Caryn adds that the conclusive nature of the post forbids others from saying what they think, later I the thread she actually goes on to say providing evidence is "forceful". Yes, this is often the end result of conclusively proving your point. This isn't fascist, or authoritarian, it's proving your point.
I'm not against personal opinions, but there seems to be a belief amongst many at the moment that all opinions should be considered equally. This simply isn't constructive. An opinion backed with evidence is far more valid than one which comes, as Duff's did, without a shred of the same. In fact, an opinion with enough evidence becomes more a statement of fact. It's not, as Caryn seems to suggest, uncouth to tell someone they are wrong when it's demonstrable.
There's also the matter of topics of debate falling into two definite categories, subjective and objective. This is an objective matter, there is a definite answer. Unsupported opinions are worthless in such issues. I have no issue with opinions, I also have no issue tearing down unsupported opinions.
So how does all this help propagate the sharing, and thus continued financial gain, of tabloid chunder such as the "dead horse" mentioned above. Well if there's no objective answer, if, in the mind of the believer, there's no shutting this crap down. Non-mysteries continue to be mysterious, in a nebulous, post-modern field where opinion is king. This makes repeated sharing of tabloid effluent acceptable.It's genuine, truth-seeking believers who I pity in all this. Those that are comfortable with being wrong sometimes, that is the key to learning after all. The Mirror and other papers, make a mockery of them when they publish stories like this.
Speaking of making a mockery of the paranormal community.
The Rational Paranormal Hall Of Shame.
In this semi-regular feature, I'll highlight the paranormal investigation teams which embarrass their hobby/field by blatantly faking ghost images and presenting them as "evidence" of the paranormal. The reason for doing this, by faking images and phenomena these teams humiliate teams who are out there employing legitimate methods to investigate the paranormal. To keep up to date with this, and to highlight such misdemeanors visit my Facebook page, The Rational Paranormal.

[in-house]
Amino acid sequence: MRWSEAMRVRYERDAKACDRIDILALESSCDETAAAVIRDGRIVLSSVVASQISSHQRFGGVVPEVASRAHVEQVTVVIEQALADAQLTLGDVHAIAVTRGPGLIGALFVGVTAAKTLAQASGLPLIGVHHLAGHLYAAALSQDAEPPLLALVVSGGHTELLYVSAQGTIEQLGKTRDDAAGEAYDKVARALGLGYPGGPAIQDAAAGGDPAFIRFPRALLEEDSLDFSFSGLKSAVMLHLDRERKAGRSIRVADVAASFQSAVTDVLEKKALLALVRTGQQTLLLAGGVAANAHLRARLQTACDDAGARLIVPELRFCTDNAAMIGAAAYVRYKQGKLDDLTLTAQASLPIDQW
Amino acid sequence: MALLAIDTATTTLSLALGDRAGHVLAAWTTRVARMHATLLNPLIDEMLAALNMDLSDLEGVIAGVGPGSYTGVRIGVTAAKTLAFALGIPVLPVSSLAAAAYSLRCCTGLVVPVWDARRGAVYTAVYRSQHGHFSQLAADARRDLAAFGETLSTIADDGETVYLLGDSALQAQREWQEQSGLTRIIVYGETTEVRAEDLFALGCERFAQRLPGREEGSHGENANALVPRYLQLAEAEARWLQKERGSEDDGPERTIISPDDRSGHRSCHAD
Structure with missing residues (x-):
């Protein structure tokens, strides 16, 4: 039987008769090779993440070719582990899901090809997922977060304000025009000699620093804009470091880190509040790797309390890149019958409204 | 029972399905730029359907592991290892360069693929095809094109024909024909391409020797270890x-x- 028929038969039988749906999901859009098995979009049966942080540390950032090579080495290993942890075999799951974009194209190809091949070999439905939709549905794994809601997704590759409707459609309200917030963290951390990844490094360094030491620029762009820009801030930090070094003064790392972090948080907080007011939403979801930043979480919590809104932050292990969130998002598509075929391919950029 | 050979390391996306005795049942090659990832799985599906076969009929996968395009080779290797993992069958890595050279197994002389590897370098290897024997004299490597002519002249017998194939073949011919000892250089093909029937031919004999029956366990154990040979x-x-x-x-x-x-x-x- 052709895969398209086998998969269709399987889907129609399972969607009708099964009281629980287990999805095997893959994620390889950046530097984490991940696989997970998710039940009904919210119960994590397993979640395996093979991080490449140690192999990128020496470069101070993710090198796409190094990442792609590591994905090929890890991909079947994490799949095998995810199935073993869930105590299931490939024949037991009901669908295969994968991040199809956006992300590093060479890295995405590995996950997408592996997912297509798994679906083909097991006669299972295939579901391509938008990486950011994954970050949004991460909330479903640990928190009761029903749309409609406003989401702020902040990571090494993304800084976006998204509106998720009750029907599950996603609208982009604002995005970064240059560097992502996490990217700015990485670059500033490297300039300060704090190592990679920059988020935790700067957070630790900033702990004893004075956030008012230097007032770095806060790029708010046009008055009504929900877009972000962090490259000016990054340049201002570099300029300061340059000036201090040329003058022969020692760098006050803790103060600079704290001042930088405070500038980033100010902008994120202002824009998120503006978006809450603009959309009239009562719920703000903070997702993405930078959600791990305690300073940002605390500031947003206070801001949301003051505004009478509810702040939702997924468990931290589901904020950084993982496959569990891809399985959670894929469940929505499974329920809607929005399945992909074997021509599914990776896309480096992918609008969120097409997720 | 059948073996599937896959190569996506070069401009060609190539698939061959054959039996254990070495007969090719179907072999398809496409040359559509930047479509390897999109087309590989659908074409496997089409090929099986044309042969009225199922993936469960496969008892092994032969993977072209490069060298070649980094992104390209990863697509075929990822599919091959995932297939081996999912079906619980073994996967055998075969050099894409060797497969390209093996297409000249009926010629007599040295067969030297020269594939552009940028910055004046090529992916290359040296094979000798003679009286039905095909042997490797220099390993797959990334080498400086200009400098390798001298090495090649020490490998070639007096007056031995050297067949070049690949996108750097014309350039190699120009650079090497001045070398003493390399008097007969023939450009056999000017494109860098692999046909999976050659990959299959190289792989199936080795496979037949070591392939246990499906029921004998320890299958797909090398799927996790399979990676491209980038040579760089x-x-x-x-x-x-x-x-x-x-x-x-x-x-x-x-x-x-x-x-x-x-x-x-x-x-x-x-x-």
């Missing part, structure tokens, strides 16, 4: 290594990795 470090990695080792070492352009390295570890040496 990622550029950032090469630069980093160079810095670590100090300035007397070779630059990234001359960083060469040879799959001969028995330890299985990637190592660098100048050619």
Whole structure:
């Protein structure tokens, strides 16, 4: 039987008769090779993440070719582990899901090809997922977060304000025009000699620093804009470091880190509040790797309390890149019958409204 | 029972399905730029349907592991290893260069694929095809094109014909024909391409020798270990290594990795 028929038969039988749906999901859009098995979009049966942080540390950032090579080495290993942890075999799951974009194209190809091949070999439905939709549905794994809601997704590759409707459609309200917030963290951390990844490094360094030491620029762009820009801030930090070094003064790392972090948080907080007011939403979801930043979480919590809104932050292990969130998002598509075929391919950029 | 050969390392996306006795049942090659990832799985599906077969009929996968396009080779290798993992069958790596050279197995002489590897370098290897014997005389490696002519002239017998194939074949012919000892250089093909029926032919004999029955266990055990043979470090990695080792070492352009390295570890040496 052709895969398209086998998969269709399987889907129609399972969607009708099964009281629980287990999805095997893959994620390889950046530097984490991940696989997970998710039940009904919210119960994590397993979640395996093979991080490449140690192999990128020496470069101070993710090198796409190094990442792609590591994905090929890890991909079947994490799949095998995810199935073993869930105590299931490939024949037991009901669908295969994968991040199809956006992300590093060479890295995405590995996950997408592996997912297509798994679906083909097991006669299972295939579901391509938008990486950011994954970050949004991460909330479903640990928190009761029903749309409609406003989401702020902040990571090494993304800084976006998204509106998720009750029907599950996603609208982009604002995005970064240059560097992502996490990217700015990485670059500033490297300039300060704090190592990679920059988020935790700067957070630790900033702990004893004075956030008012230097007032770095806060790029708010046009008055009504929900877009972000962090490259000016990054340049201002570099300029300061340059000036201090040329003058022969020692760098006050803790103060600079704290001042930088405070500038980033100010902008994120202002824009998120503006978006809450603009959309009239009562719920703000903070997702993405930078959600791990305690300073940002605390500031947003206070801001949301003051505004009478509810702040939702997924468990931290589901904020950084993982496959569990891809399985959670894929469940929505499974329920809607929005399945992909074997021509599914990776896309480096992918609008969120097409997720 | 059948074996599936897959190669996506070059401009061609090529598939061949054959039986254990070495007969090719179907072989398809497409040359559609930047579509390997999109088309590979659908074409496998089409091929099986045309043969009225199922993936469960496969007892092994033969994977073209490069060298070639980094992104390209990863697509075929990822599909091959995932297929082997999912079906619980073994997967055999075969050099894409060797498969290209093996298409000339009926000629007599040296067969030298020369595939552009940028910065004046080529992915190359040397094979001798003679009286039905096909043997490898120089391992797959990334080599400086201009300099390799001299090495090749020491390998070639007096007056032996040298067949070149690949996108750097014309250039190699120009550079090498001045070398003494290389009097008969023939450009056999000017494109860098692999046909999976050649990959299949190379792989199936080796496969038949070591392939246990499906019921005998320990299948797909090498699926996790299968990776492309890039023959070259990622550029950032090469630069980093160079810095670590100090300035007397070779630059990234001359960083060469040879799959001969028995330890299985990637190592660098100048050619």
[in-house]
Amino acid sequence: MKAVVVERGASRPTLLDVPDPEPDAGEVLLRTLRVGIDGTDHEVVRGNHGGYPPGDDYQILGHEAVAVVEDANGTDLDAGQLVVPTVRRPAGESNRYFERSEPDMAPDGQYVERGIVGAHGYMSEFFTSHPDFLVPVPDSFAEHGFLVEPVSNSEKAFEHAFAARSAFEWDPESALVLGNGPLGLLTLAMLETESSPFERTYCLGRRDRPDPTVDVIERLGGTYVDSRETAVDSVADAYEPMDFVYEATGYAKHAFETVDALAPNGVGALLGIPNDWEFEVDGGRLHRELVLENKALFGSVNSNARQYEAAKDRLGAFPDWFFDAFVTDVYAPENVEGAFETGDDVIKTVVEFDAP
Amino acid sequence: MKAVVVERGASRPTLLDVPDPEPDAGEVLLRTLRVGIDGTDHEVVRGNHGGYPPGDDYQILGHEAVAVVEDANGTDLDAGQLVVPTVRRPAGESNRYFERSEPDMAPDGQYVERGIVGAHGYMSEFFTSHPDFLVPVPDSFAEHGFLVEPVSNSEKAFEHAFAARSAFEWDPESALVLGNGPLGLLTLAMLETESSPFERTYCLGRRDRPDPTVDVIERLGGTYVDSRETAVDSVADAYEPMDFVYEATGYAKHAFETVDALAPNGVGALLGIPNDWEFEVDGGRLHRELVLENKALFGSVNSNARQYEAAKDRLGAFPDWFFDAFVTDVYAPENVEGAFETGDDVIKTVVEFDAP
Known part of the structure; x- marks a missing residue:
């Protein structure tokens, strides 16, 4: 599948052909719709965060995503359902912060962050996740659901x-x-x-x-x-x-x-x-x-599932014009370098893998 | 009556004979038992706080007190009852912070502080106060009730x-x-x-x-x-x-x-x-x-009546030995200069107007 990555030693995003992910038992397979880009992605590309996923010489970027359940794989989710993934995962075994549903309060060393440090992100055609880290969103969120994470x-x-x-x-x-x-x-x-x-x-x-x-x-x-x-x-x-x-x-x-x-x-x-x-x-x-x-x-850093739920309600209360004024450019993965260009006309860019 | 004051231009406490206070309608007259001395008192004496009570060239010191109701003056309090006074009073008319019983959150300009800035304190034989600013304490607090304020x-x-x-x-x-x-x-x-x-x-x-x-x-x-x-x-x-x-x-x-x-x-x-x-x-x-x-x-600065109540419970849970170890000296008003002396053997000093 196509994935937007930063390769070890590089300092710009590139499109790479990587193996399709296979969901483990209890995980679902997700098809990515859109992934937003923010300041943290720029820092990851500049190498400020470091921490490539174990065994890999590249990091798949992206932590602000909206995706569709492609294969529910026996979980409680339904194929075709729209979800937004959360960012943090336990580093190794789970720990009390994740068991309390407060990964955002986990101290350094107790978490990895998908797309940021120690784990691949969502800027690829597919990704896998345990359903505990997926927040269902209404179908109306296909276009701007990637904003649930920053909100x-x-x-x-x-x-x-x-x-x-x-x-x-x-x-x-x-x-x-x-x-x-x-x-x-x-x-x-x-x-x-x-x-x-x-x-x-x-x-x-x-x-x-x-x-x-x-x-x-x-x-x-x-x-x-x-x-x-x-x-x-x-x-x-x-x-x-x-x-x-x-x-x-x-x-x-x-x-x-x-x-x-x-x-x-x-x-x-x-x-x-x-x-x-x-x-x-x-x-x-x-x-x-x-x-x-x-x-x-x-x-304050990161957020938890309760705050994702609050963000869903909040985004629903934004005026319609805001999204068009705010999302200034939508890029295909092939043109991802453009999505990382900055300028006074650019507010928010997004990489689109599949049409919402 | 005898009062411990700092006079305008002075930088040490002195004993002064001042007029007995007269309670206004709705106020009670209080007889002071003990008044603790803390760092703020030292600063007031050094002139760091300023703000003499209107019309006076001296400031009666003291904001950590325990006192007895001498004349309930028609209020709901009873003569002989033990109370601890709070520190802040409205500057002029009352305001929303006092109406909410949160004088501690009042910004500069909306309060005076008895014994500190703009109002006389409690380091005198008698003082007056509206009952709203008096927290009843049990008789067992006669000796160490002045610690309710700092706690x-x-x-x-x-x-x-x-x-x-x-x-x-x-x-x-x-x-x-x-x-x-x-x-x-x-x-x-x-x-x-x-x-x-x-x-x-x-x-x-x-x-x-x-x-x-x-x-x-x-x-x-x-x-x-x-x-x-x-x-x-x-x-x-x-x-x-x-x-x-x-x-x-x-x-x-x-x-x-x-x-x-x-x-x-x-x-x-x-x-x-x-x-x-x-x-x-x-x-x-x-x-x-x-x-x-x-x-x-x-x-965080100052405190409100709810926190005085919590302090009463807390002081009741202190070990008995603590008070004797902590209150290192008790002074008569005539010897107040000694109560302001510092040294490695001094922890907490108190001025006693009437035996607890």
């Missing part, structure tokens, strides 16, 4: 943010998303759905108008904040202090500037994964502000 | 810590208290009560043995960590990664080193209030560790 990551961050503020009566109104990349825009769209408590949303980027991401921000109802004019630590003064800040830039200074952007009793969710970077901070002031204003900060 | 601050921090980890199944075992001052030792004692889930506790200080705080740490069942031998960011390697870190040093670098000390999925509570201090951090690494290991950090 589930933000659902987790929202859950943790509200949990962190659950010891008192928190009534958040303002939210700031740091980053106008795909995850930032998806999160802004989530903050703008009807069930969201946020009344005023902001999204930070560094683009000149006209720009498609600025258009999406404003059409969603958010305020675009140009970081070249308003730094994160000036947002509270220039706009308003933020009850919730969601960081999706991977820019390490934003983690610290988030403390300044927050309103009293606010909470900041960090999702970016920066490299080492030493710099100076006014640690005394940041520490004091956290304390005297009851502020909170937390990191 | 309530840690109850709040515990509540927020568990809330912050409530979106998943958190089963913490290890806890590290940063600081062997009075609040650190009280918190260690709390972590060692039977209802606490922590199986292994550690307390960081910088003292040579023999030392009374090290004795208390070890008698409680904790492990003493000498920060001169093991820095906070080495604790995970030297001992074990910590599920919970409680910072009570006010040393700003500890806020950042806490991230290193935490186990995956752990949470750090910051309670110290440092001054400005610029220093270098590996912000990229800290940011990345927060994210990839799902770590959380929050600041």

The time around it's two investigation teams who used ghost apps to fake evidence.
Central Ohio Paranormal Research Group
This team, who claim to provide "educational services" was brazen enough to take this image from perhaps the best known "ghost app" for the iPhone. Perhaps a bit more research next time will show the group how easy these images are to identify and debunk.
Step up Paul Coffey of Central Texas Paranormal who boldly claimed that his spirit guides helped him confirm that the following image was legitimate. Your spirit guides need an internet connection mate, that's an app.
Of course, as soon as I called this on CTP's page it was instantly removed.
It's most definitely app season on social media, if you want to make some headway calling out ghost app fakery the following facebook pages will be extremely helpful to you as they have been to me.
There's a ghost app for that.
Ghost app Ghosts
Ghost Photo App Database Debunking Library